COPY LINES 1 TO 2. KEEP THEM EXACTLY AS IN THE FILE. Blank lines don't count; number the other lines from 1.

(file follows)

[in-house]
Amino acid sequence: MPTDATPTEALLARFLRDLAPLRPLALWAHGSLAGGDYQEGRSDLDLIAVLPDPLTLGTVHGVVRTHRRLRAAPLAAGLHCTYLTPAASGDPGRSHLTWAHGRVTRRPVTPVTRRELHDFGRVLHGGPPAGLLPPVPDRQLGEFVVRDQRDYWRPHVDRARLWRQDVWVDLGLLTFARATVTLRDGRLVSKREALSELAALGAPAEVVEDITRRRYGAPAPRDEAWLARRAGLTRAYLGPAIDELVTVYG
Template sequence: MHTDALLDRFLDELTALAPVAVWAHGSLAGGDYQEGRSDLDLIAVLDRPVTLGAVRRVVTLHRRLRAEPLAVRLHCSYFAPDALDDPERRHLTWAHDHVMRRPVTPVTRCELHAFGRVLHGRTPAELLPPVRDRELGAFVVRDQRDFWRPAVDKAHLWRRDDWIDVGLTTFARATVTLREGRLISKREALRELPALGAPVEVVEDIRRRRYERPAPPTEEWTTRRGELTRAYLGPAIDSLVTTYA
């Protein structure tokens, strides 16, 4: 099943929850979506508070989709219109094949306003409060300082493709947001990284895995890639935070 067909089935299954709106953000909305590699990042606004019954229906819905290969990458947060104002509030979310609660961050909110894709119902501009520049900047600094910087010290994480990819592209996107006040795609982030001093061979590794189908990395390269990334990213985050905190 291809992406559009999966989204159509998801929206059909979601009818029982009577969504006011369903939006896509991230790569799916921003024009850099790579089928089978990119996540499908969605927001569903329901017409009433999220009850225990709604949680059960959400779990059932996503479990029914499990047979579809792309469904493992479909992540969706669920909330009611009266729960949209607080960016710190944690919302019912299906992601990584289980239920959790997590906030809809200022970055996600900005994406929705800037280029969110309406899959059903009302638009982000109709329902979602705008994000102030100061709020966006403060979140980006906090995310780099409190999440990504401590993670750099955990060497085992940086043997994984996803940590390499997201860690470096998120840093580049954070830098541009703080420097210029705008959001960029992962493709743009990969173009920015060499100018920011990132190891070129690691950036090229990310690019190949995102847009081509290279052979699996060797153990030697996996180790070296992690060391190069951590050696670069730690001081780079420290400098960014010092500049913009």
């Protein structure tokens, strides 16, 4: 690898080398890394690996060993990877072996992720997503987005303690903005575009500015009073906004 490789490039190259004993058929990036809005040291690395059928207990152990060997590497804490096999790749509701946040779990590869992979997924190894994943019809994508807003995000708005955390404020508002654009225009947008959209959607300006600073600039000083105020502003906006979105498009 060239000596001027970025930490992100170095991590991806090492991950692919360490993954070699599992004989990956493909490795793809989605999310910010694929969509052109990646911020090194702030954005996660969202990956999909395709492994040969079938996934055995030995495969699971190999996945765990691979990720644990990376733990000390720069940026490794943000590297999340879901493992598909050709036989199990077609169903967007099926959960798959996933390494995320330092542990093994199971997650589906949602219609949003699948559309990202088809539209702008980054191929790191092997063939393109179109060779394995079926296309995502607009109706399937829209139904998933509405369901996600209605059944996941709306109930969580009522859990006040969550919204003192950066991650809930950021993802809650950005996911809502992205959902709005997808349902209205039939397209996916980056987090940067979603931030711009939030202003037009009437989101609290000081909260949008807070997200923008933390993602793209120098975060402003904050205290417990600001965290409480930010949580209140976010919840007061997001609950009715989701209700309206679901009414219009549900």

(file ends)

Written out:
[in-house]
Amino acid sequence: MPTDATPTEALLARFLRDLAPLRPLALWAHGSLAGGDYQEGRSDLDLIAVLPDPLTLGTVHGVVRTHRRLRAAPLAAGLHCTYLTPAASGDPGRSHLTWAHGRVTRRPVTPVTRRELHDFGRVLHGGPPAGLLPPVPDRQLGEFVVRDQRDYWRPHVDRARLWRQDVWVDLGLLTFARATVTLRDGRLVSKREALSELAALGAPAEVVEDITRRRYGAPAPRDEAWLARRAGLTRAYLGPAIDELVTVYG